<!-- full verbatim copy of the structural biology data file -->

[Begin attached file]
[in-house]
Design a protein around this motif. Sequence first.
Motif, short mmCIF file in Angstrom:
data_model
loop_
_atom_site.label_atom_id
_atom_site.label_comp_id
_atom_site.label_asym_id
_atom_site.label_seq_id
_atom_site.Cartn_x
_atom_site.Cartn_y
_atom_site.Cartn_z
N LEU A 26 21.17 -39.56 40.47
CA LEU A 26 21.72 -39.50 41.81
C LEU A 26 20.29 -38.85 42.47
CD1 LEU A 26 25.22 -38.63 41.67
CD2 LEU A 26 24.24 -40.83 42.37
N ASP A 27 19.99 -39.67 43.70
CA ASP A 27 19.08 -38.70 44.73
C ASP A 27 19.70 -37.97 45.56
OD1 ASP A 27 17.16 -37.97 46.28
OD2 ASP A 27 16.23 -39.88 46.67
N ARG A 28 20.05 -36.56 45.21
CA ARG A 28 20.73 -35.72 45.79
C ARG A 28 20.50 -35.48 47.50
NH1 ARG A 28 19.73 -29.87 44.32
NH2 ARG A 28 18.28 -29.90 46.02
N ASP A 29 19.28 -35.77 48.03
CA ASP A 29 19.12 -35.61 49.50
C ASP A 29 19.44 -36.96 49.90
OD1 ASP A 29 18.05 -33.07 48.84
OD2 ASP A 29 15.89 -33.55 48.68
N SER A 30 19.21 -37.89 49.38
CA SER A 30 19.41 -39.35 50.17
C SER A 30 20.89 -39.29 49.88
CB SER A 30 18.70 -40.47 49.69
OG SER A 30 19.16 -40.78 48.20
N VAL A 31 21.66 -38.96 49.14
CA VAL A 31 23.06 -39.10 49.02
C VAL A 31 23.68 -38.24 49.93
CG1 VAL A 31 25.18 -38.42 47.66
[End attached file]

[in-house]
Design a protein around this motif. Sequence first.
Motif, short mmCIF file in Angstrom:
data_model
loop_
_atom_site.label_atom_id
_atom_site.label_comp_id
_atom_site.label_asym_id
_atom_site.label_seq_id
_atom_site.Cartn_x
_atom_site.Cartn_y
_atom_site.Cartn_z
N LEU A 26 21.17 -39.56 40.47
CA LEU A 26 21.72 -39.50 41.81
C LEU A 26 20.29 -38.85 42.47
CD1 LEU A 26 25.22 -38.63 41.67
CD2 LEU A 26 24.24 -40.83 42.37
N ASP A 27 19.99 -39.67 43.70
CA ASP A 27 19.08 -38.70 44.73
C ASP A 27 19.70 -37.97 45.56
OD1 ASP A 27 17.16 -37.97 46.28
OD2 ASP A 27 16.23 -39.88 46.67
N ARG A 28 20.05 -36.56 45.21
CA ARG A 28 20.73 -35.72 45.79
C ARG A 28 20.50 -35.48 47.50
NH1 ARG A 28 19.73 -29.87 44.32
NH2 ARG A 28 18.28 -29.90 46.02
N ASP A 29 19.28 -35.77 48.03
CA ASP A 29 19.12 -35.61 49.50
C ASP A 29 19.44 -36.96 49.90
OD1 ASP A 29 18.05 -33.07 48.84
OD2 ASP A 29 15.89 -33.55 48.68
N SER A 30 19.21 -37.89 49.38
CA SER A 30 19.41 -39.35 50.17
C SER A 30 20.89 -39.29 49.88
CB SER A 30 18.70 -40.47 49.69
OG SER A 30 19.16 -40.78 48.20
N VAL A 31 21.66 -38.96 49.14
CA VAL A 31 23.06 -39.10 49.02
C VAL A 31 23.68 -38.24 49.93
CG1 VAL A 31 25.18 -38.42 47.66